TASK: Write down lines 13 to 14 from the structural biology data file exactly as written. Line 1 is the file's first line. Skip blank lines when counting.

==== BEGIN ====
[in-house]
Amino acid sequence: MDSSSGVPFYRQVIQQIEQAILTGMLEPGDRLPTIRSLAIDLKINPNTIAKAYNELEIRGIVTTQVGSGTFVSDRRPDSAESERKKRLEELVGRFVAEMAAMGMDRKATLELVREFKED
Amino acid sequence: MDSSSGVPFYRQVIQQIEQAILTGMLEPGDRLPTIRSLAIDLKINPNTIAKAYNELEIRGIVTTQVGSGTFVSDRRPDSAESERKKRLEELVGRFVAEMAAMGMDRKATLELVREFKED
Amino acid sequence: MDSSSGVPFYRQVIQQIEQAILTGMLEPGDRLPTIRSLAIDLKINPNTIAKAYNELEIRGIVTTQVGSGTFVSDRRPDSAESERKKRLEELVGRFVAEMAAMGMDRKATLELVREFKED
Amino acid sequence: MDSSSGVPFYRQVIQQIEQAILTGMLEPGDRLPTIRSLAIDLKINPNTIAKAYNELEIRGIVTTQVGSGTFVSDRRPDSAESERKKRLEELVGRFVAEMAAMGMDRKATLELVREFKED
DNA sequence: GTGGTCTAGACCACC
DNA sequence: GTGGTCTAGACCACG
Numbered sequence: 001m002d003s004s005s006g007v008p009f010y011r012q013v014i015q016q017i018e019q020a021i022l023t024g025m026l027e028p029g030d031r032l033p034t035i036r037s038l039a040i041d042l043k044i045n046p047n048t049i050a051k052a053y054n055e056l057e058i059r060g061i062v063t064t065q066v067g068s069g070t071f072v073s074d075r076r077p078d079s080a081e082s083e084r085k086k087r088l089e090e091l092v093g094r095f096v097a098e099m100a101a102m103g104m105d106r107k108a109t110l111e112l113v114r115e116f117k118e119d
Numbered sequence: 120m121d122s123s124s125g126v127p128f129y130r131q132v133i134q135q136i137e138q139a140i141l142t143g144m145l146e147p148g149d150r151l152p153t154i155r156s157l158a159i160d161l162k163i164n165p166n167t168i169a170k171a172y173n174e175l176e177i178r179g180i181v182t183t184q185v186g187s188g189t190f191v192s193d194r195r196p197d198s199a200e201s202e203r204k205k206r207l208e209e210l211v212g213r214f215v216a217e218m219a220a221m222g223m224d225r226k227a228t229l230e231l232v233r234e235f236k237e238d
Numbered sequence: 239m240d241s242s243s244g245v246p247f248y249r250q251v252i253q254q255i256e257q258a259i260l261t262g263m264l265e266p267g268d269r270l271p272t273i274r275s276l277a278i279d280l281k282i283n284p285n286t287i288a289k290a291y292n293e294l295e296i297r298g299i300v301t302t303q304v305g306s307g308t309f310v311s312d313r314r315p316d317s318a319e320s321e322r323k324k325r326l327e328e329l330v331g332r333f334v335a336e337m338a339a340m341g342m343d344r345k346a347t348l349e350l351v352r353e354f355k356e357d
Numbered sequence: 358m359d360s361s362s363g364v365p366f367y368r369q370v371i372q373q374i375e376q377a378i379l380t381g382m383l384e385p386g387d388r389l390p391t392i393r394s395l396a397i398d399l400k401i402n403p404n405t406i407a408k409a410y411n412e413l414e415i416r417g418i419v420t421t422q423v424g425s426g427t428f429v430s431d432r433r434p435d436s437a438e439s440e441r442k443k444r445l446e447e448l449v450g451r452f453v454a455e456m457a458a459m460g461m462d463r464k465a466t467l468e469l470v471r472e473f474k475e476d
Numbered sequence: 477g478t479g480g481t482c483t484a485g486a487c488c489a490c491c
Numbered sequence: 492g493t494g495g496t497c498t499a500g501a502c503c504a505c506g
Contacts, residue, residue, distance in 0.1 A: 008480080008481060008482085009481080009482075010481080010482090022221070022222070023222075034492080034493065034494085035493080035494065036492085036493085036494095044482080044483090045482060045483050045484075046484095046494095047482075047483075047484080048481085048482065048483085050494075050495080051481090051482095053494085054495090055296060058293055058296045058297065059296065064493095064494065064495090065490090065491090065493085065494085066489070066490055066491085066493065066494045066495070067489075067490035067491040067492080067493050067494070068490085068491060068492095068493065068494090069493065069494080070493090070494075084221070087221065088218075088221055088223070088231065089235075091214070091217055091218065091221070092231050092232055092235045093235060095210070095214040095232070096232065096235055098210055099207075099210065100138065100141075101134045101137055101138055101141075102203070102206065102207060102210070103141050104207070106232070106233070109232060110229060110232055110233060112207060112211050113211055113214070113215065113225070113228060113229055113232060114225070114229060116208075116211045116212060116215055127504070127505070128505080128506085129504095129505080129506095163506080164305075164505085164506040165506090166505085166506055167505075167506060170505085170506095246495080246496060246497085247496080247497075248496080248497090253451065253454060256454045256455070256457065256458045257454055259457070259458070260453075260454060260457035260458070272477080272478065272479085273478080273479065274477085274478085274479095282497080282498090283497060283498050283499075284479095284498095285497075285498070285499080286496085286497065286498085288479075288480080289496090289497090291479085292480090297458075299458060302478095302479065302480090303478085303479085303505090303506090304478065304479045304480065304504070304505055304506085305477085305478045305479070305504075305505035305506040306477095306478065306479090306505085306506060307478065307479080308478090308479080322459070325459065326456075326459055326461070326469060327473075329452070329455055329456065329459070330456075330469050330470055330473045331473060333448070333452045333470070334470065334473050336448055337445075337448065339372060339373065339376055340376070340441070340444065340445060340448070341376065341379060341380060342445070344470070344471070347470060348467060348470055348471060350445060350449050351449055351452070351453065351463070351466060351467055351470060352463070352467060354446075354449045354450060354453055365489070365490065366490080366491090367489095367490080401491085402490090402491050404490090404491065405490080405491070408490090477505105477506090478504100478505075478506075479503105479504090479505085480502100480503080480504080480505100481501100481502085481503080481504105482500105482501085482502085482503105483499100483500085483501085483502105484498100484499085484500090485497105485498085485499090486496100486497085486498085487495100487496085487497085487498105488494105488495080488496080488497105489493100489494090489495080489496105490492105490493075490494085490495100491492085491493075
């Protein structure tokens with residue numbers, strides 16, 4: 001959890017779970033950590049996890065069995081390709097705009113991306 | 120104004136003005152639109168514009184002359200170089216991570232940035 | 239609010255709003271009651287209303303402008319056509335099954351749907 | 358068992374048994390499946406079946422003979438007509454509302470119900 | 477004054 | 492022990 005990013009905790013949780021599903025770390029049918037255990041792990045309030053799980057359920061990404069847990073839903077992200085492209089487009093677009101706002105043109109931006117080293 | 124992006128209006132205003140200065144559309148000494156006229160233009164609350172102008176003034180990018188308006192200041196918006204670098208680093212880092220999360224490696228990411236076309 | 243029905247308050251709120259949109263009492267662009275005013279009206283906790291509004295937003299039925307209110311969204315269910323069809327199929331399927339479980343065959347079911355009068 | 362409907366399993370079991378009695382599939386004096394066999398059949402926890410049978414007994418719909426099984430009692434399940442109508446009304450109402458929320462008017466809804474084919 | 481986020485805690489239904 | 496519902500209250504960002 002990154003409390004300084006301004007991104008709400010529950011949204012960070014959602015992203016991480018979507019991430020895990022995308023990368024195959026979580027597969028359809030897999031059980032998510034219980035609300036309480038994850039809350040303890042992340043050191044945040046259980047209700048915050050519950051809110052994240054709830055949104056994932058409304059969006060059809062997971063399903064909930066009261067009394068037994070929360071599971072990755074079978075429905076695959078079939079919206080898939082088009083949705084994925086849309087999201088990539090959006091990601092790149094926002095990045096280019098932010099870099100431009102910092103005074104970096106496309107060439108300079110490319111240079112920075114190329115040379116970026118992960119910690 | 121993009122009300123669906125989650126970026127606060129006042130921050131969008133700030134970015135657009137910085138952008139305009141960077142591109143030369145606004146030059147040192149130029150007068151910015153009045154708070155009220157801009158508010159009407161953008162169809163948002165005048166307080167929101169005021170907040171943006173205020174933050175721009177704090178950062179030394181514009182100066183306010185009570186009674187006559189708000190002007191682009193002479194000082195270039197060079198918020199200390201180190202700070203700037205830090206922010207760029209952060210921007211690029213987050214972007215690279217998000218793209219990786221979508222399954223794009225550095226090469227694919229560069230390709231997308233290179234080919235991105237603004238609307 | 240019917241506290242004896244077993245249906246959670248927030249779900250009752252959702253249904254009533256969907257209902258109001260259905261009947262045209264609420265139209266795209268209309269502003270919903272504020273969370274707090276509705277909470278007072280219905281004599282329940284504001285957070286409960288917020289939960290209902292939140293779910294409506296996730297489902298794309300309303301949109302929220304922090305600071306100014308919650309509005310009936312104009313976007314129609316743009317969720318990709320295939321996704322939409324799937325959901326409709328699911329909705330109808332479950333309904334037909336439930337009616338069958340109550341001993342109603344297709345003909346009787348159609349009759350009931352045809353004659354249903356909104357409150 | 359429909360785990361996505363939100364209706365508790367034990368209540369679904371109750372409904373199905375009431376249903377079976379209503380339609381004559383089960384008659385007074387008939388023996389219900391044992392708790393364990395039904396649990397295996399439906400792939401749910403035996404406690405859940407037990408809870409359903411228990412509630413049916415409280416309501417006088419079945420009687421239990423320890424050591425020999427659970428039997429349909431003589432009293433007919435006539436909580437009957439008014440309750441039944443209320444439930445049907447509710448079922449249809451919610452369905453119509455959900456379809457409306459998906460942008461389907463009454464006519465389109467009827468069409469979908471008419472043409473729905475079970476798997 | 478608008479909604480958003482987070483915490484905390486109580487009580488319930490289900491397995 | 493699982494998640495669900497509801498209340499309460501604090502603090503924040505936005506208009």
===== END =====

Numbered sequence: 492g493t494g495g496t497c498t499a500g501a502c503c504a505c506g
Contacts, residue, residue, distance in 0.1 A: 008480080008481060008482085009481080009482075010481080010482090022221070022222070023222075034492080034493065034494085035493080035494065036492085036493085036494095044482080044483090045482060045483050045484075046484095046494095047482075047483075047484080048481085048482065048483085050494075050495080051481090051482095053494085054495090055296060058293055058296045058297065059296065064493095064494065064495090065490090065491090065493085065494085066489070066490055066491085066493065066494045066495070067489075067490035067491040067492080067493050067494070068490085068491060068492095068493065068494090069493065069494080070493090070494075084221070087221065088218075088221055088223070088231065089235075091214070091217055091218065091221070092231050092232055092235045093235060095210070095214040095232070096232065096235055098210055099207075099210065100138065100141075101134045101137055101138055101141075102203070102206065102207060102210070103141050104207070106232070106233070109232060110229060110232055110233060112207060112211050113211055113214070113215065113225070113228060113229055113232060114225070114229060116208075116211045116212060116215055127504070127505070128505080128506085129504095129505080129506095163506080164305075164505085164506040165506090166505085166506055167505075167506060170505085170506095246495080246496060246497085247496080247497075248496080248497090253451065253454060256454045256455070256457065256458045257454055259457070259458070260453075260454060260457035260458070272477080272478065272479085273478080273479065274477085274478085274479095282497080282498090283497060283498050283499075284479095284498095285497075285498070285499080286496085286497065286498085288479075288480080289496090289497090291479085292480090297458075299458060302478095302479065302480090303478085303479085303505090303506090304478065304479045304480065304504070304505055304506085305477085305478045305479070305504075305505035305506040306477095306478065306479090306505085306506060307478065307479080308478090308479080322459070325459065326456075326459055326461070326469060327473075329452070329455055329456065329459070330456075330469050330470055330473045331473060333448070333452045333470070334470065334473050336448055337445075337448065339372060339373065339376055340376070340441070340444065340445060340448070341376065341379060341380060342445070344470070344471070347470060348467060348470055348471060350445060350449050351449055351452070351453065351463070351466060351467055351470060352463070352467060354446075354449045354450060354453055365489070365490065366490080366491090367489095367490080401491085402490090402491050404490090404491065405490080405491070408490090477505105477506090478504100478505075478506075479503105479504090479505085480502100480503080480504080480505100481501100481502085481503080481504105482500105482501085482502085482503105483499100483500085483501085483502105484498100484499085484500090485497105485498085485499090486496100486497085486498085487495100487496085487497085487498105488494105488495080488496080488497105489493100489494090489495080489496105490492105490493075490494085490495100491492085491493075